Posts for: May, 2017
Find out the many ways in which our Framingham dentists can restore your smile for the better.
Has years of crunching on ice left you with cracks or chips in your teeth? Are you faced with sudden tooth loss? These issues can be stressful, particularly if you’ve never faced restorative dentistry before. Luckily, our Framingham, MA, dentists, Dr. James Cinamon and Dr. Paul Hubley, are here to provide the proper care you need to get your smile back on track. Here are just some of the popular restorative treatments we offer.
Are you dealing with any of these issues?
- A tooth that requires root canal therapy
- A tooth that is fractured, cracked or severely chipped
- A tooth that is discolored, misshapen or unattractive
- Tooth loss
If you said “yes” to any of the problems above then dental crowns could benefit you. A crown is a restoration (often made from a tooth-colored material) that is custom-made to fit over a tooth to restore full function and strength, as well as improve its appearance. A crown can also be used to cover a dental implant or to hold a dental bridge in place.
As we just mentioned, crowns can be used to support a dental bridge, a restoration that is designed to replace one or more missing teeth in a row. A dental bridge will fill this gap with false teeth. Of course, in order to do this, we need something that will support the teeth and hold them in place. This is where crowns come in. Crowns are made and placed over healthy teeth that surround the gap on both sides. Once the crowns are cemented into place, the false teeth can be attached to the crowns to fill the gap and restore your smile.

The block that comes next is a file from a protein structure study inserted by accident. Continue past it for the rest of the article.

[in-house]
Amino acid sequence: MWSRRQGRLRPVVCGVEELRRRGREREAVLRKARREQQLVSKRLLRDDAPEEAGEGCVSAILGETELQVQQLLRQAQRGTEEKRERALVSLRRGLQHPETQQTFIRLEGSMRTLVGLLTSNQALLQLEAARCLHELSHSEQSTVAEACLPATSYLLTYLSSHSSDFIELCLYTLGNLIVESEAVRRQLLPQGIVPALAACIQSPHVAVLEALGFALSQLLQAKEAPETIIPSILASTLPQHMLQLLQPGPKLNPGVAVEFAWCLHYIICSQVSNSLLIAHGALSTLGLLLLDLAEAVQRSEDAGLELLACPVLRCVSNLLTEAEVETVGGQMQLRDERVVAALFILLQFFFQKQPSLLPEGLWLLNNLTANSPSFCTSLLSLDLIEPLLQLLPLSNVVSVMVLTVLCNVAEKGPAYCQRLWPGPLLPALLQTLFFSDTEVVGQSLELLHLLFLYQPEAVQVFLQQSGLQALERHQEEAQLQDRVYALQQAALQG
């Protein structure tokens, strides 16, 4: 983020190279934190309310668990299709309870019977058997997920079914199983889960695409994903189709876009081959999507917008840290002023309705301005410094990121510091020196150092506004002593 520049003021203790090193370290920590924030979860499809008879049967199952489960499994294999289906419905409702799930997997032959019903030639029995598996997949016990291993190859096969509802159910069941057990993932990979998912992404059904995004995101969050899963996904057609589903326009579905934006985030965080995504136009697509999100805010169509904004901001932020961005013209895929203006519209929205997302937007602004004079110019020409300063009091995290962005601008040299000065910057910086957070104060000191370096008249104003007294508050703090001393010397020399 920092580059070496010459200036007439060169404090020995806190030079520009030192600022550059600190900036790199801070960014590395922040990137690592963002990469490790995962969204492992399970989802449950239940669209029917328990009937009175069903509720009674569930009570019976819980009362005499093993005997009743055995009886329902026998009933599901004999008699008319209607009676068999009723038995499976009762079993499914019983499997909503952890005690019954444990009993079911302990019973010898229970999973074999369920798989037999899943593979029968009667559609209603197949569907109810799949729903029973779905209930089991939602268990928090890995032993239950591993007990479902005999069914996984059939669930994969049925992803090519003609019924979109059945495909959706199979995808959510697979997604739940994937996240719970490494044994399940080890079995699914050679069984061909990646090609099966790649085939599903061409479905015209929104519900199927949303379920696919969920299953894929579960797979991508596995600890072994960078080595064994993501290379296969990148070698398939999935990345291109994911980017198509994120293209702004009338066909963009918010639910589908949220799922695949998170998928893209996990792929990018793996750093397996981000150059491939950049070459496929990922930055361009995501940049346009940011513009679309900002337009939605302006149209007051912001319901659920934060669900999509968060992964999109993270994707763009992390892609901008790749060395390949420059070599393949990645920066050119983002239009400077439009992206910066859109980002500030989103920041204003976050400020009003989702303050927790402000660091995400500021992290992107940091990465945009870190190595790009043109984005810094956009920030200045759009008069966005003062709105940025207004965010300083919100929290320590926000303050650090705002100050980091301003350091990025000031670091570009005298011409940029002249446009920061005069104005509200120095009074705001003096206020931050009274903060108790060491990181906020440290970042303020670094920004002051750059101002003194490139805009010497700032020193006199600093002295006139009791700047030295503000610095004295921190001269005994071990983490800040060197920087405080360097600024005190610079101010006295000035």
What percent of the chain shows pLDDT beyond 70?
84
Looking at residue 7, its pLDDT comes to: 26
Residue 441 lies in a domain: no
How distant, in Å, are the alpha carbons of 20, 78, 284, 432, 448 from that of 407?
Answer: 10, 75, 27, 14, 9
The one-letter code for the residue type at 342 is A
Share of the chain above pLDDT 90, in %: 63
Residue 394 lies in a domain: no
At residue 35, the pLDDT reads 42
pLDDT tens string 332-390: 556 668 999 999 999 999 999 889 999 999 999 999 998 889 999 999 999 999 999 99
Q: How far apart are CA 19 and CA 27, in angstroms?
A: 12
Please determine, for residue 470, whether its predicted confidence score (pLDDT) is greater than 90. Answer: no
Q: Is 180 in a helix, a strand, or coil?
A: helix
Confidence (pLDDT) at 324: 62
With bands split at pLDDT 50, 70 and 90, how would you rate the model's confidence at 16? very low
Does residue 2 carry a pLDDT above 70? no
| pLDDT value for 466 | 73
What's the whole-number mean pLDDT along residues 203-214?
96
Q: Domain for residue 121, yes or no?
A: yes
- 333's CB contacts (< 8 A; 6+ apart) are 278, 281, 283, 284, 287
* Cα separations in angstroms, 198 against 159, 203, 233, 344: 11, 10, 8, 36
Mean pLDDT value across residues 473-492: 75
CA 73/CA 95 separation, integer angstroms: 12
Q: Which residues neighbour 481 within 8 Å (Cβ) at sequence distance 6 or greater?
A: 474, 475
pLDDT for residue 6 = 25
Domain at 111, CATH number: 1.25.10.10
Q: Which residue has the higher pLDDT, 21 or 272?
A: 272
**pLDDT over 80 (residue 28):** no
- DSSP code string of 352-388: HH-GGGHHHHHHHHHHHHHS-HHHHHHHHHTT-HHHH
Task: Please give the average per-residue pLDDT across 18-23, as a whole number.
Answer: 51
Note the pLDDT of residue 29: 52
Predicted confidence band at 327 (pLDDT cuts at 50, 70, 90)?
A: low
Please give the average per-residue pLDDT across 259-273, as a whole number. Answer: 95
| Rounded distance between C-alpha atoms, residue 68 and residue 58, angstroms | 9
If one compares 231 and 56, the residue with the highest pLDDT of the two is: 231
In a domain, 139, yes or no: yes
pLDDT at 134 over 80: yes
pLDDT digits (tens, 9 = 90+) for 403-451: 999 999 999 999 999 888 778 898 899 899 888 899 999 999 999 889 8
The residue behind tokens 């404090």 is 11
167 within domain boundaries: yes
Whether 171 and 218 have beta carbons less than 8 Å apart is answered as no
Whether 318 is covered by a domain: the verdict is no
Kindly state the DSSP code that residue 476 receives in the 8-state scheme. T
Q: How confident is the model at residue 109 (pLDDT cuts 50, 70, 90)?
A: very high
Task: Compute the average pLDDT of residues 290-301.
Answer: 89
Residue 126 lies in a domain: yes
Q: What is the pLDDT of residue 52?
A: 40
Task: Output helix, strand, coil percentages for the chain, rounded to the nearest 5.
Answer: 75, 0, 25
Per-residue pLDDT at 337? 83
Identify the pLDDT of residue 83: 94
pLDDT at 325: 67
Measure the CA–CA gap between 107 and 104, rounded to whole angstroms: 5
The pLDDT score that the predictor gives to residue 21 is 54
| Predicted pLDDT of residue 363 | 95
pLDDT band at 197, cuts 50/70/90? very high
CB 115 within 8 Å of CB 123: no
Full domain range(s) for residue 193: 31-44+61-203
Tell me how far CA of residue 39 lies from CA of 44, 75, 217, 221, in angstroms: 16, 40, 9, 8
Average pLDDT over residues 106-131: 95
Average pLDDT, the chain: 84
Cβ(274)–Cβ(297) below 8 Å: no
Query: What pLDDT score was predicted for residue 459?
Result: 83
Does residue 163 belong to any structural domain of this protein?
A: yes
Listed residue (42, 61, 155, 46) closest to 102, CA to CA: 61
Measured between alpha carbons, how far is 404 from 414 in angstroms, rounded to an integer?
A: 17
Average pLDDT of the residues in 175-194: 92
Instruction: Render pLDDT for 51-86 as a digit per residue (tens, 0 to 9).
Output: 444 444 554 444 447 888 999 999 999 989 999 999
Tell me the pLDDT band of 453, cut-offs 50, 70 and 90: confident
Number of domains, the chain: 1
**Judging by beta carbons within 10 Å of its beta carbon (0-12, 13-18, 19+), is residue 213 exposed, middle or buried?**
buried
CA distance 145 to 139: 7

While dental bridges and dentures can be great options for some, if you want a restoration that mimics the function and look of a real tooth then you’ll want to consider implants. In order to get implants, you will have to undergo surgery and it can take up to one year to complete this treatment; however, what you will be left with is a restoration that will last you several decades, as long as you continue to practice good oral hygiene.
Call our Framingham, MA, dental office today if you want to learn more about the restorative dentistry that is right for you. We would be happy to schedule a one-on-one with one of our dentists.
What's an actor's most important feature? According to Vivica A. Fox, whose most recent big-screen role was in Independence Day: Resurgence, it's what you see right up front.
"On screen, your smile and your eyes are the most inviting things that bring the audience in" she said. "Especially if you play the hot chick."
But like lots of people, Vivica reached a point where she felt her smile needed a little help in order to look its best. That's when she turned to a popular cosmetic dental treatment.
"I got veneers years ago," Ms. Fox told Dear Doctor magazine in a recent interview, "just because I had some gapping that probably only I noticed."
What exactly are dental veneers? Essentially, they are thin shells of lustrous porcelain that are permanently attached to the front surfaces of the teeth. Tough, lifelike and stain-resistant, they can cover up a number of defects in your smile — including stains, chips, cracks, and even minor spacing irregularities like the ones Vivica had.